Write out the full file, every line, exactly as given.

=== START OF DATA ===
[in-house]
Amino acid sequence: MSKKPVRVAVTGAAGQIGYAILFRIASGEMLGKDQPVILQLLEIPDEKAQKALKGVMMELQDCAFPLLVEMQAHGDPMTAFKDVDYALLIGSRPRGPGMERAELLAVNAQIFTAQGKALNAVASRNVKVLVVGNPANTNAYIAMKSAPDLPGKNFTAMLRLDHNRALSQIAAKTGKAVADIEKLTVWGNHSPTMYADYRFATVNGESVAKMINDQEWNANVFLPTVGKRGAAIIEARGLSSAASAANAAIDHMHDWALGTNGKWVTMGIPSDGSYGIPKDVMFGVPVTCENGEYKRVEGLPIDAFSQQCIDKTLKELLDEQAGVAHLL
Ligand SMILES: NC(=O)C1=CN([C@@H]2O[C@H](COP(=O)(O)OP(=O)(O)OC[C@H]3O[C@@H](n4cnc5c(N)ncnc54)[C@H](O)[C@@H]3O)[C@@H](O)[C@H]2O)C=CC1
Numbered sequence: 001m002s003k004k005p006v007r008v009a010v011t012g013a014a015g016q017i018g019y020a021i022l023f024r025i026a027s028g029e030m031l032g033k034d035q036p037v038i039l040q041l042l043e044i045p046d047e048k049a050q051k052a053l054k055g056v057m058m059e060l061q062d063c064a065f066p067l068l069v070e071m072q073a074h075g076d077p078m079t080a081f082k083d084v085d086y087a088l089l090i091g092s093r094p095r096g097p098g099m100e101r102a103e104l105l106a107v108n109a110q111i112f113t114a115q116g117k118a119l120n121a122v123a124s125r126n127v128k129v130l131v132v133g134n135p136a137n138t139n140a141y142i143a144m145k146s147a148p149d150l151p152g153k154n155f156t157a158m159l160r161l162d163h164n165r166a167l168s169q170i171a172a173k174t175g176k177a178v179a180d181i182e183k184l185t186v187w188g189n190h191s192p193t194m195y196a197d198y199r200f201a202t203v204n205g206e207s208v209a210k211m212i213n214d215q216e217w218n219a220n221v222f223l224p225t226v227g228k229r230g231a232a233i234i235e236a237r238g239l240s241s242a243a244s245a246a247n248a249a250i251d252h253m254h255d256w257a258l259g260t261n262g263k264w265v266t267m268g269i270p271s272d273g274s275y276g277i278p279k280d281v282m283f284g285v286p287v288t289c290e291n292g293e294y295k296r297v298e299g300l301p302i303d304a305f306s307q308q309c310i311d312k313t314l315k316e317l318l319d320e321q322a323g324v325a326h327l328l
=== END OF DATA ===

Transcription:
[in-house]
Amino acid sequence: MSKKPVRVAVTGAAGQIGYAILFRIASGEMLGKDQPVILQLLEIPDEKAQKALKGVMMELQDCAFPLLVEMQAHGDPMTAFKDVDYALLIGSRPRGPGMERAELLAVNAQIFTAQGKALNAVASRNVKVLVVGNPANTNAYIAMKSAPDLPGKNFTAMLRLDHNRALSQIAAKTGKAVADIEKLTVWGNHSPTMYADYRFATVNGESVAKMINDQEWNANVFLPTVGKRGAAIIEARGLSSAASAANAAIDHMHDWALGTNGKWVTMGIPSDGSYGIPKDVMFGVPVTCENGEYKRVEGLPIDAFSQQCIDKTLKELLDEQAGVAHLL
Ligand SMILES: NC(=O)C1=CN([C@@H]2O[C@H](COP(=O)(O)OP(=O)(O)OC[C@H]3O[C@@H](n4cnc5c(N)ncnc54)[C@H](O)[C@@H]3O)[C@@H](O)[C@H]2O)C=CC1
Numbered sequence: 001m002s003k004k005p006v007r008v009a010v011t012g013a014a015g016q017i018g019y020a021i022l023f024r025i026a027s028g029e030m031l032g033k034d035q036p037v038i039l040q041l042l043e044i045p046d047e048k049a050q051k052a053l054k055g056v057m058m059e060l061q062d063c064a065f066p067l068l069v070e071m072q073a074h075g076d077p078m079t080a081f082k083d084v085d086y087a088l089l090i091g092s093r094p095r096g097p098g099m100e101r102a103e104l105l106a107v108n109a110q111i112f113t114a115q116g117k118a119l120n121a122v123a124s125r126n127v128k129v130l131v132v133g134n135p136a137n138t139n140a141y142i143a144m145k146s147a148p149d150l151p152g153k154n155f156t157a158m159l160r161l162d163h164n165r166a167l168s169q170i171a172a173k174t175g176k177a178v179a180d181i182e183k184l185t186v187w188g189n190h191s192p193t194m195y196a197d198y199r200f201a202t203v204n205g206e207s208v209a210k211m212i213n214d215q216e217w218n219a220n221v222f223l224p225t226v227g228k229r230g231a232a233i234i235e236a237r238g239l240s241s242a243a244s245a246a247n248a249a250i251d252h253m254h255d256w257a258l259g260t261n262g263k264w265v266t267m268g269i270p271s272d273g274s275y276g277i278p279k280d281v282m283f284g285v286p287v288t289c290e291n292g293e294y295k296r297v298e299g300l301p302i303d304a305f306s307q308q309c310i311d312k313t314l315k316e317l318l319d320e321q322a323g324v325a326h327l328l